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It’s a competitive market for real estate agents. To be successful, they need to work quickly and diligently.
During an Inman Connect session on Tuesday, leading agent in Northwest Florida, Jonathan Spears, and New York-based power duo Dolly and Jenny Lenz, tuned in with Inman News founder Brad Inman to talk strategies, deals, and what it takes to get to the top in today’s market.
When asked whether experience or eagerness has been most handy during recent deals, the three powerhouses had valuable takes.
Dolly Lenz, founder of Dolly Lenz Real Estate and one of the most productive agents in the world, told Inman that the success of a Manhattan sale that took place in the middle of the pandemic was due to her daughter Jenny’s tenacity.
The duo complimented each other, Dolly explained, with her experience and Jenny’s eagerness.
The sale was especially stressful because they had just sold the owner a new apartment and wanted to get the unit in someone else’s hands quickly as possible.
“It was unbelievably difficult,” she said. “To Jenny’s credit, her tenacity really got it over the finish line. Nothing was dropped. Every day we were thinking about it: ‘We just sold them this $12 million apartment, we can’t just let them down here.’ And she was all over it.”
The building the unit was in had a lot of others for sale, which increased the competition. But the duo stayed focused.
“We kept rethinking the strategy,” Jenny said.
The unit had a beautiful terrace, but it wasn’t furnished and there was scaffolding on the top because of building work. To work around this, they had it staged virtually in addition to in person.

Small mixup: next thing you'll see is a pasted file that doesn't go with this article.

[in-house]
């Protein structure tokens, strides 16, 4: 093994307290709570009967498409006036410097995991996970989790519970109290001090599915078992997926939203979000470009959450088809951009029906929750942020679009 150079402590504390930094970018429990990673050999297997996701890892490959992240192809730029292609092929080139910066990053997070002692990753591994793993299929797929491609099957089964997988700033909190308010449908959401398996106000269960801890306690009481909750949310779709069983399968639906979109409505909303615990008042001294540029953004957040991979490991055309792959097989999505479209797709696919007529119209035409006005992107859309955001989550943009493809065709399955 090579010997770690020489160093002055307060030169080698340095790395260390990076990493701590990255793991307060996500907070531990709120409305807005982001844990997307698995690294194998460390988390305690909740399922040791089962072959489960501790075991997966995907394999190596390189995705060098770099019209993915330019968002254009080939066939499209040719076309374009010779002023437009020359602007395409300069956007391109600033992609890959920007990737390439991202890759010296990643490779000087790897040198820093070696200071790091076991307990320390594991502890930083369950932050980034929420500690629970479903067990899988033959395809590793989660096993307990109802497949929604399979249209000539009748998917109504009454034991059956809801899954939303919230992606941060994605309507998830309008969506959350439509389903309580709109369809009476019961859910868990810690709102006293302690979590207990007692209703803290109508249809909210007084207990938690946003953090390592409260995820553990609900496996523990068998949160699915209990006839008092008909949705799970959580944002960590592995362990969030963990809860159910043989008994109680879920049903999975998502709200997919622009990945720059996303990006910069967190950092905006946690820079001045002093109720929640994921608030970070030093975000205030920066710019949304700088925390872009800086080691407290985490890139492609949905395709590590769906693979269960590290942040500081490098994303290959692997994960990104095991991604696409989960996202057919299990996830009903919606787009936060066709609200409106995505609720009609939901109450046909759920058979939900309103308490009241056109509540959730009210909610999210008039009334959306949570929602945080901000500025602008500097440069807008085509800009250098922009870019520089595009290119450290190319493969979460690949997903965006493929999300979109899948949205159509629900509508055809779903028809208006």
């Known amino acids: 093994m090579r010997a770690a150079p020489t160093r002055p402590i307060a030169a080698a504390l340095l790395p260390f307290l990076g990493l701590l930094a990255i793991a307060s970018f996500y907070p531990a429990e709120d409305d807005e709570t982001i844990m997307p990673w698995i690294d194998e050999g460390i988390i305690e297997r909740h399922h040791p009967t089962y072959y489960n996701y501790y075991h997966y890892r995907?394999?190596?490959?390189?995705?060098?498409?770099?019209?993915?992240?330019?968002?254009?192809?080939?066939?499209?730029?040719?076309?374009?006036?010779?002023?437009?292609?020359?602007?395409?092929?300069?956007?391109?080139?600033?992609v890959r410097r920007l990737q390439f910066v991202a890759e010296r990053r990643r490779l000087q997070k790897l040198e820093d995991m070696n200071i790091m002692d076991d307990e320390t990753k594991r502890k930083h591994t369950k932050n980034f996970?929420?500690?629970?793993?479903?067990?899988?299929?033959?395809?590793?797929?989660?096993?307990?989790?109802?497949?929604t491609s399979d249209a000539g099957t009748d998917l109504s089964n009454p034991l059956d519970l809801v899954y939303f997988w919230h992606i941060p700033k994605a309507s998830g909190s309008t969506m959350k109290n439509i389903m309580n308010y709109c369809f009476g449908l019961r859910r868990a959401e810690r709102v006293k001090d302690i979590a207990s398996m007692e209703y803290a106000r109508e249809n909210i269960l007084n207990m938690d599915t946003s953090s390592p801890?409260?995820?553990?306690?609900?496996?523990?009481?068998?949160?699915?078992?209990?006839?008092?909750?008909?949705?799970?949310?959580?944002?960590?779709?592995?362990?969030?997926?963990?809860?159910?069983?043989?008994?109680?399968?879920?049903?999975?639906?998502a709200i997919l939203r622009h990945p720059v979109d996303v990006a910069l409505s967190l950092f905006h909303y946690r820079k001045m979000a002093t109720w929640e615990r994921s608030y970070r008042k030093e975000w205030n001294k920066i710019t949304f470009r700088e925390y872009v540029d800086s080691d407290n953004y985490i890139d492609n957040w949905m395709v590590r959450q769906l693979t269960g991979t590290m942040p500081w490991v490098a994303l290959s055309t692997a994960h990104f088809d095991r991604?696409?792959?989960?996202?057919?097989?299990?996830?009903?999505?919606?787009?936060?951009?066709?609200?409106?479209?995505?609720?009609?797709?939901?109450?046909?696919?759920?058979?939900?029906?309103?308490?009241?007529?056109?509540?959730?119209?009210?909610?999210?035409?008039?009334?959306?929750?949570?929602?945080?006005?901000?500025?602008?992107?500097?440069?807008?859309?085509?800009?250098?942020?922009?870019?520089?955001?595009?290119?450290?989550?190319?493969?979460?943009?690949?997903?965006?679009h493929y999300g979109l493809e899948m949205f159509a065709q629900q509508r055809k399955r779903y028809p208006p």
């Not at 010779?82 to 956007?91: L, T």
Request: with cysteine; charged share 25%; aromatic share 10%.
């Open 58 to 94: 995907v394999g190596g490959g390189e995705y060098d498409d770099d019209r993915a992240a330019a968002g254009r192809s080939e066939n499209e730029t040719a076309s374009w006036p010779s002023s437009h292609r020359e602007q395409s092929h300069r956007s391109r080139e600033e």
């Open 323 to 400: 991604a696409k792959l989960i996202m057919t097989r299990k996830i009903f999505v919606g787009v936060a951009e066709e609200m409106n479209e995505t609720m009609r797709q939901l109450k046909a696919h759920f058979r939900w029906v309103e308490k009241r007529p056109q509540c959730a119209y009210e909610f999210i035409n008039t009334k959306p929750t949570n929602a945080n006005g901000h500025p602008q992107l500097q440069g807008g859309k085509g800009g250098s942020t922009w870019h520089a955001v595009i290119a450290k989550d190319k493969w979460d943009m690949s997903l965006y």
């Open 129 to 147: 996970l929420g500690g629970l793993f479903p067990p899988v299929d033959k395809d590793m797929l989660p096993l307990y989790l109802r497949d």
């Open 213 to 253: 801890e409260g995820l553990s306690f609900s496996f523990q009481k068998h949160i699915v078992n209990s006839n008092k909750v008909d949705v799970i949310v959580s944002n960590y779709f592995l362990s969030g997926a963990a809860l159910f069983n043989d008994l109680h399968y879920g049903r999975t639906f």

They proved successful and sold the unit, which was the only deal to close in the building at the time.
Down in Florida, Spears, founder of one of the highest producing medium-sized teams in the country, Spears Group, told Inman that the people who are spending the most money in his area are the ones who are spending the least time there.
With homes flying off the market, he said being able lean on his experience to educate both buyers and sellers quickly has been more important than ever.
Figuring out how to price a home for sellers has been a process of trial and error given the face that home values keep rising.
“You had a lot of buyers entering the market, especially new ones, who had surveyed what was going on,” he said. “They certainly weren’t ignorant to value, and you were trying to help a buyer and help a seller understand ‘How do we make a decision based on zero comparable sales?’”
Spears reflected on a house his team recently listed for $15 million. “The highest sale in our market at the time was $12 million,” he added.
To make a buyer comfortable enough to make an investment that was $3 million more than the top sale wasn’t an easy task.
“I think it took tenacity, passion, but it also took education,” Spears said.
To secure a deal like that, there needs to be trust. To gain the trust of a client, an agent needs knowledge and experience.